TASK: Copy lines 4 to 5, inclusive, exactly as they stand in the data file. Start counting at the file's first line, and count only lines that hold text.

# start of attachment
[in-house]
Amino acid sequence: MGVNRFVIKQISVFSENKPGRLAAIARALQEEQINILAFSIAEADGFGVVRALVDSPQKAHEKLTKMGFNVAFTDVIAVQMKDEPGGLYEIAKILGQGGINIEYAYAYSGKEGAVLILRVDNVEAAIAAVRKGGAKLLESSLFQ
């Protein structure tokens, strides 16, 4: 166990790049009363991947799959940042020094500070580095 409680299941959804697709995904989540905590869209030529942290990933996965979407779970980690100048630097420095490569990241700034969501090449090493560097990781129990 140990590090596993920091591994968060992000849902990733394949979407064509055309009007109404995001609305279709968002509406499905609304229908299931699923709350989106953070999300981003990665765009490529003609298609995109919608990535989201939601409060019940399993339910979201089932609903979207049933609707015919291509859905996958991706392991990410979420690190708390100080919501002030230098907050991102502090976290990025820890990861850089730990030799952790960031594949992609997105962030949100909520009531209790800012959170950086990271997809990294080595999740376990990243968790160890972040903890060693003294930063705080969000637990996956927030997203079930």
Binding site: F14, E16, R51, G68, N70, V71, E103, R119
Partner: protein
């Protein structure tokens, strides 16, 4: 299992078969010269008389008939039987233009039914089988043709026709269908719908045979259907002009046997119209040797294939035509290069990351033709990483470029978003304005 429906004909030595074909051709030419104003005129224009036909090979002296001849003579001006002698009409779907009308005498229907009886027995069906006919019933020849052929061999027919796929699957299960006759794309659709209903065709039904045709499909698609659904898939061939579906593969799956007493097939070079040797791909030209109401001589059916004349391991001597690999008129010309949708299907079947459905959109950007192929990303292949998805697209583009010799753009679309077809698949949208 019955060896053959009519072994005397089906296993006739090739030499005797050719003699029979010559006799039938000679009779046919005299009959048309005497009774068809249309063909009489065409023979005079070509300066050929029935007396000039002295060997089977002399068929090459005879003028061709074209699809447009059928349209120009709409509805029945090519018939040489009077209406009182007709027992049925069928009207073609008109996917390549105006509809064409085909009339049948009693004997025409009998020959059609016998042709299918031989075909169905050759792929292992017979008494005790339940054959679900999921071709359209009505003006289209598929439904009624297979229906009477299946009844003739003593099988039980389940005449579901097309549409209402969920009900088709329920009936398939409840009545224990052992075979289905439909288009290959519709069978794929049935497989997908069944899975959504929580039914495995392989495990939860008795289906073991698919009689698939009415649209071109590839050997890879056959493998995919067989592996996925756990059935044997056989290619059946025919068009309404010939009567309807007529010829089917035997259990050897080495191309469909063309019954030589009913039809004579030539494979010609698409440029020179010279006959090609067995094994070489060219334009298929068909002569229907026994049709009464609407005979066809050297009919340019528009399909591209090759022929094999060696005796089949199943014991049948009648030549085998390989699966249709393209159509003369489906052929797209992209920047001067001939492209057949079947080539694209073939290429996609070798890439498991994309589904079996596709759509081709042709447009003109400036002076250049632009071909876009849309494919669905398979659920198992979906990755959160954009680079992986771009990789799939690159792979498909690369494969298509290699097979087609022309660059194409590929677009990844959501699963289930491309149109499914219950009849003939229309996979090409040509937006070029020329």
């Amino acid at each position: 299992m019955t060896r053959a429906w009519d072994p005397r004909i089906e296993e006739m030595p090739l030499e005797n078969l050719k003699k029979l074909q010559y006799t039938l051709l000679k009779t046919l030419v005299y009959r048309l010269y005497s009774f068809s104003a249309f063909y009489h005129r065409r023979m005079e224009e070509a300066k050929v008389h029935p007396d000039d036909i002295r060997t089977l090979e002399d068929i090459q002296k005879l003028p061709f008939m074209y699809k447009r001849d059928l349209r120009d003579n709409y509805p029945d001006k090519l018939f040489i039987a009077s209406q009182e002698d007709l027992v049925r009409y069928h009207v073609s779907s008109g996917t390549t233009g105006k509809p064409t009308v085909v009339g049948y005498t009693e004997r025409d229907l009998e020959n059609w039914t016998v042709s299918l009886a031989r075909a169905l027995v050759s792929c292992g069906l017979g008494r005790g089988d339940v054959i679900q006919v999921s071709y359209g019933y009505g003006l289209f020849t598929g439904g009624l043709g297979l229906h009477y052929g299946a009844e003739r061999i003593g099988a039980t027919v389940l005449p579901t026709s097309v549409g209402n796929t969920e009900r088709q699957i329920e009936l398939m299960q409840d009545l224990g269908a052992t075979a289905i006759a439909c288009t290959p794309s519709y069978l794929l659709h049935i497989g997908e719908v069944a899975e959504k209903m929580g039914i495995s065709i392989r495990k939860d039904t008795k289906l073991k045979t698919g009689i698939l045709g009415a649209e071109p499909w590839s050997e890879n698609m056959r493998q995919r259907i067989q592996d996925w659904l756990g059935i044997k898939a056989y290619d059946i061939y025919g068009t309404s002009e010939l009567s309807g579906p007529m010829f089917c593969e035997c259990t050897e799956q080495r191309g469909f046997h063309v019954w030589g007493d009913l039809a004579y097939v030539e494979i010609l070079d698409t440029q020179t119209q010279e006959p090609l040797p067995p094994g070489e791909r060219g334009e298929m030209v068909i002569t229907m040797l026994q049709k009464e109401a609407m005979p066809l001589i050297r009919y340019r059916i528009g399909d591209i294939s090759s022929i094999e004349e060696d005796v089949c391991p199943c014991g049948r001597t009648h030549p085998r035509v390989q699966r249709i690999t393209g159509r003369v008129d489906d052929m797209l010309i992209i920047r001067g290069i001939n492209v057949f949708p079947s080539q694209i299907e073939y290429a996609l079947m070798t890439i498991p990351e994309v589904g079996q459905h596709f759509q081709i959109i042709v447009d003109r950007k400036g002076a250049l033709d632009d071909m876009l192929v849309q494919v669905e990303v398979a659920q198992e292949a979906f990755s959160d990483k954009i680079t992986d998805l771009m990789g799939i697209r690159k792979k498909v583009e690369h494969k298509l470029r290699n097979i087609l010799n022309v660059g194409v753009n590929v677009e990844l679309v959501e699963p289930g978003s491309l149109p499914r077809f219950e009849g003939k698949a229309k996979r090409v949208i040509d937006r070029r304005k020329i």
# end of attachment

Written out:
Binding site: F14, E16, R51, G68, N70, V71, E103, R119
Partner: protein